Announcing the Great KJR 2016 Election Real-time Fact Checking Challenge!

But first an assurance: This won’t be a political column. And a disclaimer: What follows is probably a pipedream. Still …

A confession: I’m addicted to fact-checking websites. The granddaddy of them all is, to the best of my knowledge,, and it’s arguably the most thorough. The Washington Post’s Glenn Kessler runs its Fact Checker blog, which Kessler livens up by summarizing each fact-check with a rating that runs from Gepetto (completely accurate) through 4 Pinocchio’s.

My favorite is PolitiFact, with a rating scale of True, Mostly True, Half True, Mostly False, False, and for truly egregious falsehoods, Pants on Fire.

What I most appreciate about all of these is that they are (1) entirely non-partisan (or, more accurately, they’re partisans for accuracy and against fictional accounts of events, not for a political party or philosophy); and (2) sufficiently explanatory that their scoring rationales are clear and clearly reliable.

But … their value suffers from a limitation familiar to IT professionals, namely, data latency. In the world of IT, data latency is the result of overnight batch processing. That is, transactions come in throughout the course of a day, but the information available from the databases they post to isn’t an accurate reflection of the state of things until the next morning.

In the case of the fact-checking sites, politicians and pundits make speeches or debate one day, but the fact checkers don’t catch up until the next morning at best. Even worse, many of those who listen to the speeches aren’t addicted to fact-checking sites as I am, and so, like managers who trust their guts so much they don’t bother reading computer-generated reports, they won’t ever read the fact checkers’ findings.

Which is why I’m announcing the Great KJR 2016 Election Real-Time Fact Checking Challenge.

What it will take — the winning entrant will listen to political speech, and, in near-real-time:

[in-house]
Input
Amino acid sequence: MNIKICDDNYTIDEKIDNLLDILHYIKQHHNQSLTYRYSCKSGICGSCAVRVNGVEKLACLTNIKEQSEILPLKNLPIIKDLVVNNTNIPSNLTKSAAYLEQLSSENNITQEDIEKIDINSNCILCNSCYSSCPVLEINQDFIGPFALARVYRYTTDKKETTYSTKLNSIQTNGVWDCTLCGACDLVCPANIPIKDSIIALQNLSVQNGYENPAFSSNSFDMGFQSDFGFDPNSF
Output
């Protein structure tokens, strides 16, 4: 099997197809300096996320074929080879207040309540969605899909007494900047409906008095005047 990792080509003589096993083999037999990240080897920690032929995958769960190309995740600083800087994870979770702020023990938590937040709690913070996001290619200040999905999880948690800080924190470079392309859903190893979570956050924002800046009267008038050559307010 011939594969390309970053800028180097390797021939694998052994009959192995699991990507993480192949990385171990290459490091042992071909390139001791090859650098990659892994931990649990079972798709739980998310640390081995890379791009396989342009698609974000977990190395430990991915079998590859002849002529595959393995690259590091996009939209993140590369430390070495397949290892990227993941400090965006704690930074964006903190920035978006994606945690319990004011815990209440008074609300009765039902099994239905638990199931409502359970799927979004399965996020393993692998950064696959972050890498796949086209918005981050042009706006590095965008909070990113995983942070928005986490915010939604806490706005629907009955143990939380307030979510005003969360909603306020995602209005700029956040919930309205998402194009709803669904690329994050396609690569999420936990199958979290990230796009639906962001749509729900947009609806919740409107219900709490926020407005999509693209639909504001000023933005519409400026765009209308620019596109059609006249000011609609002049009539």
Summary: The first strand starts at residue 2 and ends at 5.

• Recognize statements of purported fact (as opposed to opinions, which will not be scored).
  • Evaluate them using criteria similar to what human fact-checkers use.
  • Evaluate quickly enough to flash the phrase in question along with a red, yellow, or green indicator before the speaker is too far into the next subject.
  • Pass an accuracy test by matching or improving on the judgment of the current crop of human fact checkers, with “improving on” defined as the fact checkers reading the machine’s explanation and saying, “Gee, I never thought of that.”

I figure this isn’t all that different or more difficult than what it took for Watson to learn to play Jeopardy, let alone its having read and assimilated the meaning of ream upon ream of medical literature so as to become a premiere diagnostician.

Which means IBM is one logical entrant for our little contest. Meanwhile, Google is the undisputed master of Internet search, and has invested heavily in machine learning technology besides, so Google is another logical entrant.

Who else? Beats me. I don’t see Siri, Cortana, or Echo reaching this level any time soon, but I’m sure there are other potential entrants that would jump at the opportunity.

And while I’d be happy to adjudicate, KJR’s involvement isn’t really necessary. Any company that could win, place, or show in the Great KJR 2016 Election Real-Time Fact Checking Challenge could more easily market the result directly to whichever networks will carry the pre-election debates between (unless something seriously unexpected happens) Donald Trump and Hillary Clinton.

What network wouldn’t want to include this feature, especially if all the others did?

Regrettably, while everyone reading these words can see the inevitability of this capability becoming reality, it probably won’t be in time for this presidential election. The next one, though, is likely, and if not then certainly the one after that.

When it is available, real-time fact-checking will be a complete game changer for electioneering. Even if some news networks prove so partisan that they create their own phony fact checking AIs, dual-screening is increasingly prevalent, so many voters would bring up an independent fact checking AI on their tablet or mobile device while watching a speech or debate.

Okay, fun’s fun. Imagining candidates who know that the moment they utter a false statement it would immediately be flagged Pants on Fire for all to see is a lovely day dream.

The larger point is that unlike previous tries at commercializing artificial intelligence technologies, which have proven useful but not transformational, we’re on the verge of capabilities whose impact will be nothing short of dramatic.

It isn’t too soon to start your strategic planning engines, to figure out how the new wave of artificial intelligence might affect your company’s marketplace, and its competitive position in it.